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In today's main Gamasutra feature, Allen Sherrod compares and contrasts the A8L8, DXT and 3Dc methods of texture compression, also analyzing how each format stacks up aga...

Simon Carless, Blogger

December 28, 2005

2 Min Read

In today's main Gamasutra feature, Allen Sherrod compares and contrasts the A8L8, DXT and 3Dc methods of texture compression, also analyzing how each format stacks up against the others when dealing with decal textures and normal map images. In the introduction to his article, Sherrod explains: "The amount of artwork in a modern video game is tremendous when compared to games of the past. The texture images that are being used are higher in resolution, numerous in numbers and heavy with detail. Although graphics hardware has come a long way and offers us a lot of memory, we still don't have enough space to the point where we can load images without the concern and issues that arise with running out of memory. Techniques like bump mapping, normal mapping, etc further complicate things because 1) the resolution of these images are often pretty large in size and 2) normal maps created from geometry data have to be huge in order to fully cover a model object with a decent level of quality. In order to make the most out of the memory we have available to use, we must use image compression in our video game applications. By compressing texture images, we can reduce the amount of memory that each image requires on our hardware and, in some cases, we can use the compression techniques to increase the visual quality of normal map images. Using compressed textures can also boost an application's performance, since we are not required to send as much data down the pipeline." You can now read the full Gamasutra feature on the subject, which also includes more information on texture compression comparison (no registration required, please feel free to link to the article from external websites).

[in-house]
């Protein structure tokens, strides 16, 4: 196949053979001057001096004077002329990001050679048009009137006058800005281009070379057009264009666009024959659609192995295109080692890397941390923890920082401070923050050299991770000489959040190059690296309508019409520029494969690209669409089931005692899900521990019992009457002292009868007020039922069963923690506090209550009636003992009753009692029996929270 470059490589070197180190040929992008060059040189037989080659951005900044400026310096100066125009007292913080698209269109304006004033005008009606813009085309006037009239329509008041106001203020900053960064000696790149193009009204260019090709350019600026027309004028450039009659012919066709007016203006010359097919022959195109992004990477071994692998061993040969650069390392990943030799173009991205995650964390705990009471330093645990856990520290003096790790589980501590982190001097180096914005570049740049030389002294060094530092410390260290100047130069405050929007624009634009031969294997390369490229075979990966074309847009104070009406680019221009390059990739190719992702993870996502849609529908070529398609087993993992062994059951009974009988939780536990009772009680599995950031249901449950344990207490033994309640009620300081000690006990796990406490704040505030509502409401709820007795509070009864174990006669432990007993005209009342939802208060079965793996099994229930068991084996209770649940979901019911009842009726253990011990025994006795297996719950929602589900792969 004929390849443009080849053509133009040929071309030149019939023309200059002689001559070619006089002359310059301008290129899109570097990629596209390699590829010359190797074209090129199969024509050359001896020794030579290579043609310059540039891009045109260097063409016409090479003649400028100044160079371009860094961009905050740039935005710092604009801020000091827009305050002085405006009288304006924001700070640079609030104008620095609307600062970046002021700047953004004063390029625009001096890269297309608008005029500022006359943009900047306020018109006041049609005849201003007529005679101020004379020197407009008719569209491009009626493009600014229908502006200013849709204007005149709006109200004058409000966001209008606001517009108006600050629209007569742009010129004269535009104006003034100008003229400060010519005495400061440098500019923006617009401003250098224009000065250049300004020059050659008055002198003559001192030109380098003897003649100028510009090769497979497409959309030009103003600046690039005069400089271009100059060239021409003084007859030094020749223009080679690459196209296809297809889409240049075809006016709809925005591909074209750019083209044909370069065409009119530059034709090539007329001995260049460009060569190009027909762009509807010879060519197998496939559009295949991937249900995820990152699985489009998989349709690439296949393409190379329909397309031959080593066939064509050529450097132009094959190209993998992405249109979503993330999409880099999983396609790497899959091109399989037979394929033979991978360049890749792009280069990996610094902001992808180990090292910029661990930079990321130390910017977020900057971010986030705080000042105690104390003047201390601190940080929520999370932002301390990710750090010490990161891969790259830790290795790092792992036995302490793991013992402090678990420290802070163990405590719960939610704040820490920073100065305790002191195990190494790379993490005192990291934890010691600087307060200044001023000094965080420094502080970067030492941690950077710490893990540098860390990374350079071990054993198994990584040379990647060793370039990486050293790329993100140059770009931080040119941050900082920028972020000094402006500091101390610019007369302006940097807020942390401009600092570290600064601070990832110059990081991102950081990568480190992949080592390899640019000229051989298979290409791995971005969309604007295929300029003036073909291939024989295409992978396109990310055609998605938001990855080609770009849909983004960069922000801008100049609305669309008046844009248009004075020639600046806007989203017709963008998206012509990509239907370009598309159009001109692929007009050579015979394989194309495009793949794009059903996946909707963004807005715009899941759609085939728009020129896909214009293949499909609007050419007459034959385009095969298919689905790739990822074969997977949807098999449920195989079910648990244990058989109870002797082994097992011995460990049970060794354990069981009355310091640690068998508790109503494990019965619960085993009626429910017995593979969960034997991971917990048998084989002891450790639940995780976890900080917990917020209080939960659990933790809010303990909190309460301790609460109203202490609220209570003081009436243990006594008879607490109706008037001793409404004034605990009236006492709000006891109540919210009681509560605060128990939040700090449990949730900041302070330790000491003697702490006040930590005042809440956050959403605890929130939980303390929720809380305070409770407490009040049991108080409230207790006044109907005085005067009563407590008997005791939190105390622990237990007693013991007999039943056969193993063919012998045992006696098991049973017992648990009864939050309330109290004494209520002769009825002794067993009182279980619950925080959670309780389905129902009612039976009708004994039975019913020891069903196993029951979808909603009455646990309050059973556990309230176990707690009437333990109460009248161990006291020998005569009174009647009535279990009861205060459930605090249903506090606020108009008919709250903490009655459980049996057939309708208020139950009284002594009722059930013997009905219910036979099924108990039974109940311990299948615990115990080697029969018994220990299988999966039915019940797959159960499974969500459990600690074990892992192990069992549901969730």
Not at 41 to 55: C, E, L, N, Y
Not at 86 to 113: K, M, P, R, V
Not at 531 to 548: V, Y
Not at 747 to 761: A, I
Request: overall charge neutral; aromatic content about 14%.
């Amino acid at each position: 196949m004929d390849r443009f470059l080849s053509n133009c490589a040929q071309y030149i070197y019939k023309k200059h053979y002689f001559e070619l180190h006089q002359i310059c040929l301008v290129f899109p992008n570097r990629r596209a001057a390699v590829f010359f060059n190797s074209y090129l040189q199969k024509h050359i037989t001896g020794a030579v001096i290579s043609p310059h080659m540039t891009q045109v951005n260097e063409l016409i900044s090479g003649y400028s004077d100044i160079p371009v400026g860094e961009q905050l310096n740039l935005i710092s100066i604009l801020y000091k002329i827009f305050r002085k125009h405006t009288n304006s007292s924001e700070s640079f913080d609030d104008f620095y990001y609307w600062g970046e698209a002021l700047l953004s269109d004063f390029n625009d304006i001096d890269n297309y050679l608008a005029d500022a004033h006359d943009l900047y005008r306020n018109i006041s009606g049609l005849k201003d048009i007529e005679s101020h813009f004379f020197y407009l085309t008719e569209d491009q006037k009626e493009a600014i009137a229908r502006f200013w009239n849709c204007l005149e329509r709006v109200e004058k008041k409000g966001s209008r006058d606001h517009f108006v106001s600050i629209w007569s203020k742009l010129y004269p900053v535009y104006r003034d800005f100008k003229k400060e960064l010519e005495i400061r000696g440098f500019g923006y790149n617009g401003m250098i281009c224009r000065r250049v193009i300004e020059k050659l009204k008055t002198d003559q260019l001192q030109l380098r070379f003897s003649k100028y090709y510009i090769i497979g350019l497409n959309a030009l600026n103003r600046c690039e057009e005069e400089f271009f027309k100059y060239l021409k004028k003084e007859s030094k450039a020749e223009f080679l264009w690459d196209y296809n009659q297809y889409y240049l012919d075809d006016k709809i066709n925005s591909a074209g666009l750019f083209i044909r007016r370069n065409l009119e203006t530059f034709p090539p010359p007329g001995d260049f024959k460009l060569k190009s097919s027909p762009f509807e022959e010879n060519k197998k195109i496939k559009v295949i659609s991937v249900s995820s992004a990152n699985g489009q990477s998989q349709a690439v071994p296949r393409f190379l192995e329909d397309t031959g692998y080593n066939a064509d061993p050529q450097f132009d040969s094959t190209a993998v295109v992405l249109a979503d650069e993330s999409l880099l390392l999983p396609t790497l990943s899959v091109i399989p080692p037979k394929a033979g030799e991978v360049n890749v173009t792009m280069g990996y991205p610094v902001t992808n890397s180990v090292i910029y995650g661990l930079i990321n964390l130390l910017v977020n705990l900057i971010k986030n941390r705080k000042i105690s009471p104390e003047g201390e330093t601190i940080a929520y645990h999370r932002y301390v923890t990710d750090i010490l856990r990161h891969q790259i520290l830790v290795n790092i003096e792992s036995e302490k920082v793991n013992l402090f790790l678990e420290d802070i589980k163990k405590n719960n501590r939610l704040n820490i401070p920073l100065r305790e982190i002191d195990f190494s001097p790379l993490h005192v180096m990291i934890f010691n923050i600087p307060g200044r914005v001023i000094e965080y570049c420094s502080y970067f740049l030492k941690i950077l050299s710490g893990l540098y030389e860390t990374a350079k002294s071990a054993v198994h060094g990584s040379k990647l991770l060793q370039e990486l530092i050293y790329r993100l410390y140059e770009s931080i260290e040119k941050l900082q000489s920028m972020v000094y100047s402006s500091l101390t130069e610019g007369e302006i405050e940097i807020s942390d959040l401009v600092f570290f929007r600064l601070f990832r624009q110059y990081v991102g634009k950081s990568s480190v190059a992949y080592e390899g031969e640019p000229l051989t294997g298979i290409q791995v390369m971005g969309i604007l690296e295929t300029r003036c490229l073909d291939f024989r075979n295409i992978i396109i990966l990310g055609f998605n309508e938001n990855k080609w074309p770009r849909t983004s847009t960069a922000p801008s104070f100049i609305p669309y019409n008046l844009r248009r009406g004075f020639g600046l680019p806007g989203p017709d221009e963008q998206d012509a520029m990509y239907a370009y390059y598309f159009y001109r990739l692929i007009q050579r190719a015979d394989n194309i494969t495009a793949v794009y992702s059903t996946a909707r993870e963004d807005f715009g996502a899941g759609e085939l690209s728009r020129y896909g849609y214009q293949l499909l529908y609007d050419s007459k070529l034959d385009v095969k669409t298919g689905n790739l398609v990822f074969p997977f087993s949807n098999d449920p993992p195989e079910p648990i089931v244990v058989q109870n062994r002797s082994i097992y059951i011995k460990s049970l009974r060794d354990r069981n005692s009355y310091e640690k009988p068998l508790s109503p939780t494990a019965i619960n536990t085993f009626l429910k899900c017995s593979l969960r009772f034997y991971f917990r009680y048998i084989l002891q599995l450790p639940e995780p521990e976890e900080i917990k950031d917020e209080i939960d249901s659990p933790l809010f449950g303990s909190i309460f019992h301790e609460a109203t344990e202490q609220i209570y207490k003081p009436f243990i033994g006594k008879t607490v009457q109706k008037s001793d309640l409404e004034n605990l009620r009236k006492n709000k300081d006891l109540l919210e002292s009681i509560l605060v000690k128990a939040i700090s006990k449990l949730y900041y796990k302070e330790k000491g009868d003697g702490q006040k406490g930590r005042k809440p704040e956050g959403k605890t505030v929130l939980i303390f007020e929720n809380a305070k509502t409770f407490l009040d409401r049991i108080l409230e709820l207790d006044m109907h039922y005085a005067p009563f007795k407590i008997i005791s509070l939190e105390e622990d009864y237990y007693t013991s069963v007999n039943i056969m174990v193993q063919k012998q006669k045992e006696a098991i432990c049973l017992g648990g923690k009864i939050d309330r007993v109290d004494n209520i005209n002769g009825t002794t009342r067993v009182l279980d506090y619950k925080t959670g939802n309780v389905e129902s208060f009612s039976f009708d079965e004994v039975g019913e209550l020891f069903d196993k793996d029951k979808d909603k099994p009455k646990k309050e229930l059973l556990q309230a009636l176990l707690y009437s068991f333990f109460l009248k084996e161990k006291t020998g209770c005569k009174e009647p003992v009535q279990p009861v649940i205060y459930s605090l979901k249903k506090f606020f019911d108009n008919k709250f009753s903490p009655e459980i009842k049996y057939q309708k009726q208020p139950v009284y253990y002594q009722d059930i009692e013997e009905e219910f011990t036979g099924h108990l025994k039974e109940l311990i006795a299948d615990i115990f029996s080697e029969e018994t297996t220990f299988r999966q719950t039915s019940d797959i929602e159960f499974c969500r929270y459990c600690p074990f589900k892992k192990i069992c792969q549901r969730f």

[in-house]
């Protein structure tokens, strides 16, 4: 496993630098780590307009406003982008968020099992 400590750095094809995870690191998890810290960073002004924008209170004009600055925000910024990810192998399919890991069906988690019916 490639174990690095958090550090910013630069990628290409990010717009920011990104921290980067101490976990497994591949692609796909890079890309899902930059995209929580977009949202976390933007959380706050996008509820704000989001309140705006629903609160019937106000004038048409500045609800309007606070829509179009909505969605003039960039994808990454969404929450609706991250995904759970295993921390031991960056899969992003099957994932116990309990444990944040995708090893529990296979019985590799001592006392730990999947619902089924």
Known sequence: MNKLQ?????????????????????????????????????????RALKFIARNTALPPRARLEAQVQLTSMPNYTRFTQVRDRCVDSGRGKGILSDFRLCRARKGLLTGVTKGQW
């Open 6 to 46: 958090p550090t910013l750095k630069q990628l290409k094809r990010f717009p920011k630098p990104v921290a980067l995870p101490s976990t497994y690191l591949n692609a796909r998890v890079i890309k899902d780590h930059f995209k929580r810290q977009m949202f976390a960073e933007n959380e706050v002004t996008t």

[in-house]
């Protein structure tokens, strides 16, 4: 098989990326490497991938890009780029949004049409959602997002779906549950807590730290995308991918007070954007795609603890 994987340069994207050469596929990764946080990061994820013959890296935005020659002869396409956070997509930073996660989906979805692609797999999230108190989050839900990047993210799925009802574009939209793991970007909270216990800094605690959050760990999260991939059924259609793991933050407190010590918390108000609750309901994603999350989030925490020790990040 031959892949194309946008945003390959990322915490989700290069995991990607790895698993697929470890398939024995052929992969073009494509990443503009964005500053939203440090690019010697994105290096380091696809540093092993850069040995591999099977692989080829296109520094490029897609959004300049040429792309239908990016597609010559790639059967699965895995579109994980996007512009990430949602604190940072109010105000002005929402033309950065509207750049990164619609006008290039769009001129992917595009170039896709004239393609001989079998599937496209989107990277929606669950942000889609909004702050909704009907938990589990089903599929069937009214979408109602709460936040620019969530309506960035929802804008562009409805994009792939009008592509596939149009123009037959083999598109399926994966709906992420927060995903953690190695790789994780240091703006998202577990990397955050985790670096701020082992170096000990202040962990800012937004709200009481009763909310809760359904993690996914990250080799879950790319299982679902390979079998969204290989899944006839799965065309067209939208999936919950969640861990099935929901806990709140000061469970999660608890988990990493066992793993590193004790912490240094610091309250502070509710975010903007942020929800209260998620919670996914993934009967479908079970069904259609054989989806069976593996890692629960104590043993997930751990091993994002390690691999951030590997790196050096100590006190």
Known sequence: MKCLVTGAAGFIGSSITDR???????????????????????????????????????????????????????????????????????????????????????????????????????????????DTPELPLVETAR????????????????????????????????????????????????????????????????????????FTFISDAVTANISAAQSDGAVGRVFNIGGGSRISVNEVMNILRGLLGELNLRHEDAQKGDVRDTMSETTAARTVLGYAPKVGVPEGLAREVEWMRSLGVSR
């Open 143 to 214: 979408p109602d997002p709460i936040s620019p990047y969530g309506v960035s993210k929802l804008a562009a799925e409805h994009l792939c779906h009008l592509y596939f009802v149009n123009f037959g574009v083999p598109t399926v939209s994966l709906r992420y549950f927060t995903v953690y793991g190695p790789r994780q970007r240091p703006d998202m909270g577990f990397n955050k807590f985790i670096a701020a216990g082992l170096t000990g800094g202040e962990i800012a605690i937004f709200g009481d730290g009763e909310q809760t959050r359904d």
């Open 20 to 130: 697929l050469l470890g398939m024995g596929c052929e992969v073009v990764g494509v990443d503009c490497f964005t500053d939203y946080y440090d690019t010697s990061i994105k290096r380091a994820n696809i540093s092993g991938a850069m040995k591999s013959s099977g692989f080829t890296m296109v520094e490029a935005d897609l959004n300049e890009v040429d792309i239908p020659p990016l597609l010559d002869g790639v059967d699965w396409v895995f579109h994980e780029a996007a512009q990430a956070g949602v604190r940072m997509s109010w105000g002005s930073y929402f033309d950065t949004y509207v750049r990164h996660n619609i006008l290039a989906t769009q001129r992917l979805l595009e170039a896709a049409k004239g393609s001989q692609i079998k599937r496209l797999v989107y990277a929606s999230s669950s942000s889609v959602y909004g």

About the Author(s)

Simon Carless

Blogger

Simon Carless is the founder of the GameDiscoverCo agency and creator of the popular GameDiscoverCo game discoverability newsletter. He consults with a number of PC/console publishers and developers, and was previously most known for his role helping to shape the Independent Games Festival and Game Developers Conference for many years.

He is also an investor and advisor to UK indie game publisher No More Robots (Descenders, Hypnospace Outlaw), a previous publisher and editor-in-chief at both Gamasutra and Game Developer magazine, and sits on the board of the Video Game History Foundation.

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